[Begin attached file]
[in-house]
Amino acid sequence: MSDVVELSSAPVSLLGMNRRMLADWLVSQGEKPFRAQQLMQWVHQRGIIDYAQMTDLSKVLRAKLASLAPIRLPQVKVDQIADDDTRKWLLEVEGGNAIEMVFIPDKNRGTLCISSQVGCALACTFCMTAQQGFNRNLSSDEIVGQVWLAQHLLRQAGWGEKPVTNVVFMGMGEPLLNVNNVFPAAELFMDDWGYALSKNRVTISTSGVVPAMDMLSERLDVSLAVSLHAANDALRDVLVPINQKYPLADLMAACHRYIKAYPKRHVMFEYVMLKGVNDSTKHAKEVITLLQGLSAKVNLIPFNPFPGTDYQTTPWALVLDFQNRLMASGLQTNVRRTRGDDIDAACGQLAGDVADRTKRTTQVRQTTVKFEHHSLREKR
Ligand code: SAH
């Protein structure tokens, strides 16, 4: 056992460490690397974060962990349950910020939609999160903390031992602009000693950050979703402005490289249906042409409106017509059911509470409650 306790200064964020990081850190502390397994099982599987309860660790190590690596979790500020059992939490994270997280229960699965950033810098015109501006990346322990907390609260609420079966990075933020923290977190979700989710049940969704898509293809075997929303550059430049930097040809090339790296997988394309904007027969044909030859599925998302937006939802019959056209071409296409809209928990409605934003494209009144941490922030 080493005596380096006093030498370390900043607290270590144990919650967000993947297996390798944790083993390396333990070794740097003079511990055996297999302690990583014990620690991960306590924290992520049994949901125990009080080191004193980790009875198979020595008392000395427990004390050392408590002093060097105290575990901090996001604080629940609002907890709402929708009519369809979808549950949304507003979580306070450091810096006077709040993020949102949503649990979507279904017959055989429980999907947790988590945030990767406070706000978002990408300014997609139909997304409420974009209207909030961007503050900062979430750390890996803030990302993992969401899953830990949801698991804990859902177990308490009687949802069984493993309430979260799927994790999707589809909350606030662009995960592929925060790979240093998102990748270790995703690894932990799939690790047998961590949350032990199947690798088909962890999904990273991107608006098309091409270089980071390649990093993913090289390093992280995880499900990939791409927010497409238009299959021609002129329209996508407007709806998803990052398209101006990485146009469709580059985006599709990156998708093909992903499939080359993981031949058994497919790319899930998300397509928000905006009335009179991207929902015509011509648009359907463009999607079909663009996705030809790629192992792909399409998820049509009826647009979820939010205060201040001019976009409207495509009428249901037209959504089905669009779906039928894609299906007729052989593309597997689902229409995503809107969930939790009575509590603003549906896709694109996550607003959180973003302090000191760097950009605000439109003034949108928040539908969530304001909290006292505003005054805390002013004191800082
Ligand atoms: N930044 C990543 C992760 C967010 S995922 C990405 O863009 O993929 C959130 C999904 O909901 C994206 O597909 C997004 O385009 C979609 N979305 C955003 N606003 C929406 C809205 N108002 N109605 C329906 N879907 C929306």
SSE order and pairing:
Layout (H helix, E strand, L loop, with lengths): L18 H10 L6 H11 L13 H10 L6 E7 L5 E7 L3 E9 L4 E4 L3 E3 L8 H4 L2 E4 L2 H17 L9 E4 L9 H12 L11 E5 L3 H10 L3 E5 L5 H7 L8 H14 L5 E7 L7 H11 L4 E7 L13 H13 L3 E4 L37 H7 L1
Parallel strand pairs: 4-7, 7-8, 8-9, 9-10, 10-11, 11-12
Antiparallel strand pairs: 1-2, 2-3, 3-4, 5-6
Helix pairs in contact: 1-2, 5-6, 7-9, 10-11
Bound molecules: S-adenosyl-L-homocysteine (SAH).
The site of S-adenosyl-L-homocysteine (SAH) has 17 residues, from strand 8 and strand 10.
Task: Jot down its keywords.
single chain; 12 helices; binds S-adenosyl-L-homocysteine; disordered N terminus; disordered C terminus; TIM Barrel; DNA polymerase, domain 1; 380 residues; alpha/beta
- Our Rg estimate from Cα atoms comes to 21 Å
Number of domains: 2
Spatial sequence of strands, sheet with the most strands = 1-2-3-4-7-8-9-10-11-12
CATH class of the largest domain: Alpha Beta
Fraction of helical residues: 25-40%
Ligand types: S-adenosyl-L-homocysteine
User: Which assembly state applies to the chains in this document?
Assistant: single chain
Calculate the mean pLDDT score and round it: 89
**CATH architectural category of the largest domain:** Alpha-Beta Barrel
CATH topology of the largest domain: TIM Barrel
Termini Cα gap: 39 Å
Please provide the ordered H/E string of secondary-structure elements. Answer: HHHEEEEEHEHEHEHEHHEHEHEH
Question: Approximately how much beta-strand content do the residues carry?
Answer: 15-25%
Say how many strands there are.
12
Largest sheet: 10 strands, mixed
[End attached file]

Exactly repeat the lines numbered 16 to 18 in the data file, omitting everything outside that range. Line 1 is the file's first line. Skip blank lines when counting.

Number of domains: 2
Spatial sequence of strands, sheet with the most strands = 1-2-3-4-7-8-9-10-11-12
CATH class of the largest domain: Alpha Beta